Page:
Dave’s WW of EU: The Other “-nyms”

Now that we’ve finished off the most common “-nym” words, here’s an exhaustive list of all the other -nym words out there. I’ll do my best to provide reasonable definitions, but realize a lot of these are really obscure.

Pretty interesting.

  • Aptronym–When a person’s name matches their occupation or character well (e.g., Dan Snow for an arctic explorer)
  • Autoantonym (contranym, contronym)–A word that has two or more opposite meanings (fast = move quickly OR fix firmly in place)
  • Autonym–A word that describes itself (e.g., abbrv is the abbreviated form of abbreviation). This term also describes your real name (think the opposite of a psuedonym) or the name by which a social group or race calls themselves (e.g., American)
  • Backronym–Kind of like an acronym, but instead of the initial letters creating the acronym, you create a phrase out of the word. An early example I found was Arby’s. Arby’s is not an acronym, but an early ad campaign turned the name into an backronym for “America’s Roast Beef, Yes Sir!” Check out this Wikipedia article for more information.
  • Capitonym–A word which changes its meaning and pronunciation when capitalized (e.g., polish, Polish)
  • Eponym–A name from which another name or word is derived (e.g., a Ponzi Scheme arose from a scam artist named Ponzi; gerrymandering came from an early politician named Gerry who attempted to create politically beneficial voting districts that some claimed looked like Salamanders, hence the term Gerry-Mandering)
  • Exonym–A place name used by foreigners that differs from the name used by natives (e.g., Germany vs Deutschland)
  • Hypernym (hyperonym)–A word that has a more general meaning than another (e.g., chair vs. furniture, Furniture is a hypernym of chair)
  • Hyponym–A word that has a more specific meaning than another (e.g., furniture vs chair, Chair is a hyponym of furniture)
  • Meronym–A word that refers to a part of what another word refers to (e.g., leg vs ankle, the ankle is part of the leg). A term midway between two opposites (e.g., present is the mid-point between past and future)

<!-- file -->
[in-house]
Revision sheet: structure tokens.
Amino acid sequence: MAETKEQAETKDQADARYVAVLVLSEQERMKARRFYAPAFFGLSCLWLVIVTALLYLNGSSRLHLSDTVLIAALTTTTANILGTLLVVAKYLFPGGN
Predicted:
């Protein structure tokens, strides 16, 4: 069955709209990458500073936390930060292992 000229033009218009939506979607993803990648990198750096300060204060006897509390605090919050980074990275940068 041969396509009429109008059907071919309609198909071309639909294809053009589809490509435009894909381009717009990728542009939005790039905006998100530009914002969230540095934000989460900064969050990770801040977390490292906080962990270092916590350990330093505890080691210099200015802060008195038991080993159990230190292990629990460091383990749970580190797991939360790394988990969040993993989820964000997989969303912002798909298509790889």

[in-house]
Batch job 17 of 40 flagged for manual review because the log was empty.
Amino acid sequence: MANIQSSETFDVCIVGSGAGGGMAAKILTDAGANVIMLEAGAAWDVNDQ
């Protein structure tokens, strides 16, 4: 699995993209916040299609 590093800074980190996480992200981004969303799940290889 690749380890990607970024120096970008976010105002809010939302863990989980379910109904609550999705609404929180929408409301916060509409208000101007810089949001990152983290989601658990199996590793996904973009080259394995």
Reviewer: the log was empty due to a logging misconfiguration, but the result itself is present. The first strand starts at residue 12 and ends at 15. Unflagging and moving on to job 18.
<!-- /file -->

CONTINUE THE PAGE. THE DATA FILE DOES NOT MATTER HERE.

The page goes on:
• Metonym–A word that designates something by the name of somethings associated with it (e.g., the Crown referring to a monarchy)
  • Metronym (see patronym)–A name derived from the name of one’s mother or another female ancestor
  • Numeronym–A word based on a number (e.g., K9 vs canine). This is increasingly popular in our text-heavy world (l8r, gr8, g2g, etc).
  • Oronym–A string of words which is homophonic (sounds the same) with another string of words (e.g., Ice cream vs I scream)
  • Paronym–A word for the same root and usually similar in pronunciation to another word (e.g., beautiful vs beauteous)
  • Patronym (see metronym)–A name derived from the name of one’s father or another male ancestor
  • Pseudonym–An assumed name, especially by an author
  • Retronym–An adjective-noun pairing generated by a change in the meaning of the base noun (e.g., pocket watch vs wrist watch–Before the invention of the wrist watch, a pocket watch was simply known as a watch. To differentiate between the two watch types, watches became known specifically as pocket or wrist watches)
  • Tautonym–A word composed of two identical parts (e.g., bye-bye)
  • Toponym–A place name (e.g., America, Utah, Alaska). A word derived from a place name (e.g., Cheddar cheese vs Cheddar, England)

Most of these examples and definitions came from this site: http://www.fun-with-words.com/nym_words.html.

This entry was posted in Dave's Wonderful World of English Usage. Bookmark the permalink.

Leave a Reply

Fill in your details below or click an icon to log in:

WordPress.com Logo

You are commenting using your WordPress.com account. Log Out / Change )

Twitter picture

You are commenting using your Twitter account. Log Out / Change )

Facebook photo

You are commenting using your Facebook account. Log Out / Change )

Google+ photo

You are commenting using your Google+ account. Log Out / Change )

Connecting to %s